S. Roja- the plan always included the possibility of up to 35 homes if the school was not built. Of course the entire Altadena community was promised the school would absolutely happen, blah blah blah. Then the developer went to tremendous lengths to discourage every single school operator, and the HOA has declared they ONLY WANT A SCHOOL if it ONLY services LaVina kids and no outsiders. (OH if the rest of the community could only do that with 5 acres and the Sycamores!) SO between the lust for profits and exclusivity, I expect the extra dwellings will be built and not a school. Of course NO PROMISE ever made by a developer to this community is EVER upheld.
SteveB July 18, 2011 at 06:11 PM
Here's a 1988 LA times article which mentions the school at the end of the article - at the time, it was proposed that the site be a new home for the Ribet Academy. http://articles.latimes.com/1988-07-24/news/ga-10308_1_la-vina-plans
Steve Lamb July 18, 2011 at 06:13 PM
Steve Lamb July 18, 2011 at 06:20 PM
But who was that Alla person? I attended ALL the public hearings on this issue. The possibility of converting the school site to residential was NEVER raised until the last hearing in front of the BoS and Andrew Oliver more or less whispered it and then went on to say that it would not happen and the school would be built. It only appeared in the very last draft of the EIR and it was actually SUGGESTED BY ANTONOVICH'S OFFICE to the developers (the documentation exists in the Friends of LaVina files in the Altadena Historical society- I xeroxed the original in discovery two years before it entered a EIR) In case the school didnt go through. What we have to understand is that all the dense developments proposed by Cantwell-Anderson and others later were in response to costs inposed by the County. originally C-A wanted to do 60 ranchette's there but it was the COUNTY CODE that drove the size of the project, NOT the developers.
Steve Lamb July 18, 2011 at 06:22 PM
And since the project was built I have had many many long conversations with both Mr. Anderson and Mr. Cantwell. They statrted off owning a piece of land they wanted to do a very sensitive development on. IT WAS THE COUNTY, who write the regulations that drove the numbers. It's also the COunty who gets a lot more money out of 272, or 303 units than it does out of 60...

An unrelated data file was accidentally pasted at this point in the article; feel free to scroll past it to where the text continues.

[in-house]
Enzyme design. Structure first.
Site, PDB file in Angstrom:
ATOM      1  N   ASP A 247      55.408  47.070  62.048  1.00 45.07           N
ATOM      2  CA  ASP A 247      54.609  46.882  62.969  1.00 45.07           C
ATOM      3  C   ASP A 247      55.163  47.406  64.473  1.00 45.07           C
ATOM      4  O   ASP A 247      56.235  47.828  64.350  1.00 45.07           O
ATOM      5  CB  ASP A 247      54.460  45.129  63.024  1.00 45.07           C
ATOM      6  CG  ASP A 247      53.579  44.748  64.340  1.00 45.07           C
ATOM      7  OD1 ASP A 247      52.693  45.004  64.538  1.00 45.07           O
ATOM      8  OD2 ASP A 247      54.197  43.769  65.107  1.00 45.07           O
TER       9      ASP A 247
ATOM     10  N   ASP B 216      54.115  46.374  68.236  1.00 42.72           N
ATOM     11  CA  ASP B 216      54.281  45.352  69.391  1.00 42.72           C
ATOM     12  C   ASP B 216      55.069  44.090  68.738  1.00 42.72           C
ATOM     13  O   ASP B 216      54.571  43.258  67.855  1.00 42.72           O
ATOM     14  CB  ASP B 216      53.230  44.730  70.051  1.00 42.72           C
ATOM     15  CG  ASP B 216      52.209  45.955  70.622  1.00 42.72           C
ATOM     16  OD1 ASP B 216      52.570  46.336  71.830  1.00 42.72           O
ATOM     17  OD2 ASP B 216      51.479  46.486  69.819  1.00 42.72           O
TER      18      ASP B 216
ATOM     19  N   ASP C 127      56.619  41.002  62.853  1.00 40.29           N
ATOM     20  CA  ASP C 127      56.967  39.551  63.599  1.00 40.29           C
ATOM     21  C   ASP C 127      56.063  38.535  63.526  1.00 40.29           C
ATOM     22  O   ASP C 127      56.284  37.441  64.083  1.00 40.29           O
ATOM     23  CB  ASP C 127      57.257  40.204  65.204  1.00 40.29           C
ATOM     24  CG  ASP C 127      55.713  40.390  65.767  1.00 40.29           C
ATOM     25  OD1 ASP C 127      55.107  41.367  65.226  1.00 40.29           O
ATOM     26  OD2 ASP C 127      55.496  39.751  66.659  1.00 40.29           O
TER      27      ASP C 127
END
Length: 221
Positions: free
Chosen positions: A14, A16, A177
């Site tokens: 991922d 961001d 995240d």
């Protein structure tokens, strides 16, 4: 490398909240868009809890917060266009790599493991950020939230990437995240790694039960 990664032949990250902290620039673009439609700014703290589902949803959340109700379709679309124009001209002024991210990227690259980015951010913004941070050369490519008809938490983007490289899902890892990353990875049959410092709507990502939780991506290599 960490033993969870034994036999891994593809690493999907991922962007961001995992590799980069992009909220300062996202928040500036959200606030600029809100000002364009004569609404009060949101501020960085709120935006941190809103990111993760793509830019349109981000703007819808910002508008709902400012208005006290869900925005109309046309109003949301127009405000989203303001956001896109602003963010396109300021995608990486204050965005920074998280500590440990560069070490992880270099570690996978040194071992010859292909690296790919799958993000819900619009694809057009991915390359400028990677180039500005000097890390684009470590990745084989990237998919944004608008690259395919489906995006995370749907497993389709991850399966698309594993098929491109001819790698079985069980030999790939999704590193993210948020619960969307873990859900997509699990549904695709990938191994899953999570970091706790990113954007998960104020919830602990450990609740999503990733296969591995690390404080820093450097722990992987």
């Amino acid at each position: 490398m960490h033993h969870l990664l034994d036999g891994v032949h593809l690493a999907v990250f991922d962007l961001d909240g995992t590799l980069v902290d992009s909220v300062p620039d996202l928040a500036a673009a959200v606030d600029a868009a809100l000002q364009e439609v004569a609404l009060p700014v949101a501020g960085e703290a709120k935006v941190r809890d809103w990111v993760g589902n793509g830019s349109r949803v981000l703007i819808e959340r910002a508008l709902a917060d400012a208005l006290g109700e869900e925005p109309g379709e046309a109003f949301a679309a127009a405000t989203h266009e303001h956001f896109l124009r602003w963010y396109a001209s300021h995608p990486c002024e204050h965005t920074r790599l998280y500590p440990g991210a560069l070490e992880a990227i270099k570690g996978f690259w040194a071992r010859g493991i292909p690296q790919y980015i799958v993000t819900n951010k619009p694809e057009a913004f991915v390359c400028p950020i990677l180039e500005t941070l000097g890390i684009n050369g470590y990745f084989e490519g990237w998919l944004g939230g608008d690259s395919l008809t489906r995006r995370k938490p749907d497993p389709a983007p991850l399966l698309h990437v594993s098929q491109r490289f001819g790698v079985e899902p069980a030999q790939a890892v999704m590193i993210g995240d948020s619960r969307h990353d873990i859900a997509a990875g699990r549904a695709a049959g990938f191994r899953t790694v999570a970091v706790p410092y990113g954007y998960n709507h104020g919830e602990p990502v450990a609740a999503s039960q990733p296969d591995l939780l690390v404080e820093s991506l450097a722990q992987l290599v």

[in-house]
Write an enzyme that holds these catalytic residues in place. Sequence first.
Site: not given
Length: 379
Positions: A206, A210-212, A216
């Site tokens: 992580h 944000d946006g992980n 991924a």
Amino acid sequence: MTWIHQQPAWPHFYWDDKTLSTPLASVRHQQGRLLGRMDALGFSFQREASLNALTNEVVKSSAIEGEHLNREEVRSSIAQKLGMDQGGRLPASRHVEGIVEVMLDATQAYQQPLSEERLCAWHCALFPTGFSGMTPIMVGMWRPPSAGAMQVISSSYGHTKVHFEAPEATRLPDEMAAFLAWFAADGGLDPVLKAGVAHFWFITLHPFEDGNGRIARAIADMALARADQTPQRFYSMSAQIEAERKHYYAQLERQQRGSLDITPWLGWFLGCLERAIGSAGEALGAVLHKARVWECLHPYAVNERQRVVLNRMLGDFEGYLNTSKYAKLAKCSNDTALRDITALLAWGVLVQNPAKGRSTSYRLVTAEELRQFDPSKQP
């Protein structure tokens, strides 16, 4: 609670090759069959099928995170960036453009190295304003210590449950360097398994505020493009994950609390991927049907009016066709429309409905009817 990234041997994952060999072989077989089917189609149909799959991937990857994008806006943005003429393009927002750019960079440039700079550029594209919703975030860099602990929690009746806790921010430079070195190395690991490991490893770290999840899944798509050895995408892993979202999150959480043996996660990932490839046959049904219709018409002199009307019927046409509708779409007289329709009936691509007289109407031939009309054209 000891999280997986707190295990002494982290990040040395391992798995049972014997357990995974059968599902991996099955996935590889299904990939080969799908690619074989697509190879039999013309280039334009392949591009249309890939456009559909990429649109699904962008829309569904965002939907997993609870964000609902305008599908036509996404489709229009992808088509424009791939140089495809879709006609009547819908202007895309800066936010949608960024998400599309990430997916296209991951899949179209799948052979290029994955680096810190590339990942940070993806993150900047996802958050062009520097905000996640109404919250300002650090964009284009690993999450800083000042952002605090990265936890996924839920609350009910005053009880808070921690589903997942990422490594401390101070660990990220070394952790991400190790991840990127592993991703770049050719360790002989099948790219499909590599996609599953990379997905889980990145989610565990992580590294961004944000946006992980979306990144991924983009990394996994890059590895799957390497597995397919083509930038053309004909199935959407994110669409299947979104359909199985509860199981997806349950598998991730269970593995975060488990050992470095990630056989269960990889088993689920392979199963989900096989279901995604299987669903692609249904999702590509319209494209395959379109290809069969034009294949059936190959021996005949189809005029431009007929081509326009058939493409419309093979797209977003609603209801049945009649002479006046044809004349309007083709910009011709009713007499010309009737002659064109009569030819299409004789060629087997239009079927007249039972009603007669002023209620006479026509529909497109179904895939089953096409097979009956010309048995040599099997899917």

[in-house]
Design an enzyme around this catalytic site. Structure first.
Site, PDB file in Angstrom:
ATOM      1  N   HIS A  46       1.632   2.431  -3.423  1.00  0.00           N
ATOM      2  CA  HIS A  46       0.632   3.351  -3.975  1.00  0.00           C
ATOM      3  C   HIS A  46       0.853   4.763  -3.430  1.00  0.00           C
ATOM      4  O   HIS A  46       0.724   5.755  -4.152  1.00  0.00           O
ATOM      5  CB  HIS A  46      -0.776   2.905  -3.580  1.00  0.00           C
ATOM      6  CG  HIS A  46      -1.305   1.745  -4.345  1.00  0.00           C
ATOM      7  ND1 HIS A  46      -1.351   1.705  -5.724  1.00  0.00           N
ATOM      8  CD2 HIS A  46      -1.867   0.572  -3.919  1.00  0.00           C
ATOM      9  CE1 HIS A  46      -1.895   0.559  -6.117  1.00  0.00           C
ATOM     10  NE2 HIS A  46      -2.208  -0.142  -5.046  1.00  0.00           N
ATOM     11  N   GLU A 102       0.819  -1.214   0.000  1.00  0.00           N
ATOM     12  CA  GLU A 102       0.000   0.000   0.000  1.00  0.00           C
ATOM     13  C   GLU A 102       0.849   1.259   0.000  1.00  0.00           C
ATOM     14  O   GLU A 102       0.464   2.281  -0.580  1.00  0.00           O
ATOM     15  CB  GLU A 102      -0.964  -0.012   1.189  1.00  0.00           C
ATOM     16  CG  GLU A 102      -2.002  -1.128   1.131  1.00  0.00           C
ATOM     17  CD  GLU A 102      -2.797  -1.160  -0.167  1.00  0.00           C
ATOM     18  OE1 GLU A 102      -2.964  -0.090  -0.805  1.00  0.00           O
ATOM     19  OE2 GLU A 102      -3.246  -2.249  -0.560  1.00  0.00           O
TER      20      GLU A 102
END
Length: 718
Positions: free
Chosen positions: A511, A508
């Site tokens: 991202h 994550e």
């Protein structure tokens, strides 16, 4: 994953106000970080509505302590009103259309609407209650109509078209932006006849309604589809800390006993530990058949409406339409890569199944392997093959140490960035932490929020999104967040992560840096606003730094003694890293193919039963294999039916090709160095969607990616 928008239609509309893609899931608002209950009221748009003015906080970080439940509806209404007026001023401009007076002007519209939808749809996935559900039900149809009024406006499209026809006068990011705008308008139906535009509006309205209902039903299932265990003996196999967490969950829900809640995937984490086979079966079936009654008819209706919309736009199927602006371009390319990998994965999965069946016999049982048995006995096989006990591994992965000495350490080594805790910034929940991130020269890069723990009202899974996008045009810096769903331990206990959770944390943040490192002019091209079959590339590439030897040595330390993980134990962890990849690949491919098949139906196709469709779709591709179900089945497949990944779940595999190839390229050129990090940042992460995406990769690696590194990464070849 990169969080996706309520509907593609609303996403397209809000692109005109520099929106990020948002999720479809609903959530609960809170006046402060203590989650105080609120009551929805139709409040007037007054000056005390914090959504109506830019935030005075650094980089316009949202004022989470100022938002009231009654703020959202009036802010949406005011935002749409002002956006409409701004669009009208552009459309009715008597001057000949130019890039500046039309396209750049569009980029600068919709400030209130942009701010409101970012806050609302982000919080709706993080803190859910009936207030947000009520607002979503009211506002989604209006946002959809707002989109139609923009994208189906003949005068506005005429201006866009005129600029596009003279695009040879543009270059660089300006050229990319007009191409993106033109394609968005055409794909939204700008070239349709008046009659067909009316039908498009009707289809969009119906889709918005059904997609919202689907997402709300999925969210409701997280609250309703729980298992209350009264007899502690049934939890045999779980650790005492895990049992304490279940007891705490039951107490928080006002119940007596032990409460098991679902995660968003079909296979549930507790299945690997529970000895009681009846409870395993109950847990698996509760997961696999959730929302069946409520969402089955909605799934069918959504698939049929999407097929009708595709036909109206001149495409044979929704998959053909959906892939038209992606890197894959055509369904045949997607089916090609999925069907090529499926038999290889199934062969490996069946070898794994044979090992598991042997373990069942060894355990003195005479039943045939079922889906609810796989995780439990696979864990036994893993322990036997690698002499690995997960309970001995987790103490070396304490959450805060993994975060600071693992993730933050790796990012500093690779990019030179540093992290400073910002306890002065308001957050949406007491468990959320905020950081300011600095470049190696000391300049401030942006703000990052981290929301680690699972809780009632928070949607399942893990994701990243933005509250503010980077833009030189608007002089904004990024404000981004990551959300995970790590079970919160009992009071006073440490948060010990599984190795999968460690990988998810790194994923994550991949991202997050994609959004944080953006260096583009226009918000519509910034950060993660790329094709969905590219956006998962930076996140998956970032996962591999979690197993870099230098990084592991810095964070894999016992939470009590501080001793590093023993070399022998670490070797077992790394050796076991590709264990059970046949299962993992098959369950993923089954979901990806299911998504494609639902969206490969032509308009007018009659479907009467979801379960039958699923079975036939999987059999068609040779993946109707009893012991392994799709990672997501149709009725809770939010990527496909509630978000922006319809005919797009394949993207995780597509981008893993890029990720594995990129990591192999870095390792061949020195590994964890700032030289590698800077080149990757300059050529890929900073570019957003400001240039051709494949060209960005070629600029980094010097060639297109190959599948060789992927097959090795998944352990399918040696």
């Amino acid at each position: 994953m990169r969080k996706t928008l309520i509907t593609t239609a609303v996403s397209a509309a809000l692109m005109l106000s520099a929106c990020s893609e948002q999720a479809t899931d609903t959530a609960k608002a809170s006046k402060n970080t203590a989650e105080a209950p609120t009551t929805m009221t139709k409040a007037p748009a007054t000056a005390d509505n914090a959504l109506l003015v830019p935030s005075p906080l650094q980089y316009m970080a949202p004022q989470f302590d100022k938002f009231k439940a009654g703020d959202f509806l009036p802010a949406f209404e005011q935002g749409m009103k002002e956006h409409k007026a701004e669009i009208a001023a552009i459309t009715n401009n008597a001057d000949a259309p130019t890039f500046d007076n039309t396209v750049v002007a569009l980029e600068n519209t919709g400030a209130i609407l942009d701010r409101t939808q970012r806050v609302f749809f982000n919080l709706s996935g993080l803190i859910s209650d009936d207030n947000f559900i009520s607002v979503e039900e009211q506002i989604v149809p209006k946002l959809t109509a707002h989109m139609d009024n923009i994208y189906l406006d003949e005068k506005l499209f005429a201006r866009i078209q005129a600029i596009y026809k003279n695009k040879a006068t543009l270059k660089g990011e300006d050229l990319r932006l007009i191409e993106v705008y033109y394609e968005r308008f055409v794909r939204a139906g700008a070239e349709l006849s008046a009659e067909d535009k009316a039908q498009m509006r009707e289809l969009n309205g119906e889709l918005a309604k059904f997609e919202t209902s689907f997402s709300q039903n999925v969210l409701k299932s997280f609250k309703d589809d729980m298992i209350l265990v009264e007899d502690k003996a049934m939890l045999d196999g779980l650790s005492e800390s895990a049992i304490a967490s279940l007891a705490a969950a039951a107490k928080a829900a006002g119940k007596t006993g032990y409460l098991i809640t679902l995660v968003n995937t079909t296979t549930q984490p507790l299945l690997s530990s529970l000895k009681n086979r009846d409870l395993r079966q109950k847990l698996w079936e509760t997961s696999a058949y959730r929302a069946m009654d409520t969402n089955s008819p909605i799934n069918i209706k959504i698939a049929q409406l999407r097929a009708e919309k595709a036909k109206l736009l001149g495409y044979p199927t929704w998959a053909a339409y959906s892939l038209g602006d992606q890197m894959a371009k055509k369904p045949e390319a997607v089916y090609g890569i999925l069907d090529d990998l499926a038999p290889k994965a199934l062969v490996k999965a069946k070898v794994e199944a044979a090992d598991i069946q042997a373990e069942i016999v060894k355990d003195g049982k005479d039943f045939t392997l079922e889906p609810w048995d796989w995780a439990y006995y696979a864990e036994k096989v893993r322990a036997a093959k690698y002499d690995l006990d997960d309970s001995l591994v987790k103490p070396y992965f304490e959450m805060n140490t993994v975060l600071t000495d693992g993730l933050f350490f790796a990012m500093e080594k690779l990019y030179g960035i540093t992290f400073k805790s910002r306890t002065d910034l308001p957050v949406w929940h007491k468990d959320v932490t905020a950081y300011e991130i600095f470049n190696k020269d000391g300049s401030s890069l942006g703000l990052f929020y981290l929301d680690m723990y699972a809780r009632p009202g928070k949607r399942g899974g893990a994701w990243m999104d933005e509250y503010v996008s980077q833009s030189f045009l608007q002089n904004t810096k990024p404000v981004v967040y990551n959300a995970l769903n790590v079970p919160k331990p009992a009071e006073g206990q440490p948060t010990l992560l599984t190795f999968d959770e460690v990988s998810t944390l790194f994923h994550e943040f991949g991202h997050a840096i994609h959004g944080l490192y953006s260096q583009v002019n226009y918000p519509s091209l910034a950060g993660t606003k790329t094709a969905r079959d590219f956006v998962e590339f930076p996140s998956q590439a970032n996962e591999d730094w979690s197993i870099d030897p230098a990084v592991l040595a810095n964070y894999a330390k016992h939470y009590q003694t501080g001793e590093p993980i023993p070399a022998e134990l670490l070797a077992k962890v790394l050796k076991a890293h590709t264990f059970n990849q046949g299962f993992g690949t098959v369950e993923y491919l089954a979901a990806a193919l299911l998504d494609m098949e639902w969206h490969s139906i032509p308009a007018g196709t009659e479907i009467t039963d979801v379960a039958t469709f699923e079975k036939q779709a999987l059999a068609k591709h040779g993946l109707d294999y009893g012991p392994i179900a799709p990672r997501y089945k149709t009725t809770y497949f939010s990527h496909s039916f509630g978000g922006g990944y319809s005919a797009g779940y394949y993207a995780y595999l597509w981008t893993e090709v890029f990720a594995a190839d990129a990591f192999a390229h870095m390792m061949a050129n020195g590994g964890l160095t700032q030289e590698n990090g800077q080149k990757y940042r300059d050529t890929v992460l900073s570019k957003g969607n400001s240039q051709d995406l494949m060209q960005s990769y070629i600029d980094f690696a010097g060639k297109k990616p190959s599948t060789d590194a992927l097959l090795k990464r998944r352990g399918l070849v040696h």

Peter Jones July 19, 2011 at 11:05 PM
You know honestly, everybody on this blog sounds like a bunch of crying babies. There are thousands of trials. Go hike one that doesn't have a house on it. Then when you're up there, go eat your wheat grass, smoke your erb and opine on how smart you all are. Really? Really? Proscriptive easements??? If every piece of land that someone walked on throughout history had a proscriptive easement written on it, we would have a single piece of developed land. I'm sure somewhere at some time, some native indian walked right through one of your backyards, but you see them suing you!!!!! Get over it, move on with your other hobbies and just generally F-OFF!
Steve Lamb July 20, 2011 at 12:02 AM
Dear Peter: those houses only exist because there was a trade made. The trade was the public keeps one of its three 100 year old major access points tot he forest and the developer gets to build his insanely overly dense development. Now what do you call it when someone makes a deal, takes delivery of his portion of goods and then doesnt pay? In normal life thats called THEFT, and one isn't a cry baby fpor not getting what is owed, one is a person who has been done wrong to. Are you one of the Squatters sitting in one of the homes that has never paid the public what was owed them in order for it to be created? Are you even an Altadenan? And BTW- sorry you dont like the California Proscriptive easement LAW, but it is the law, GO F YOURSELF.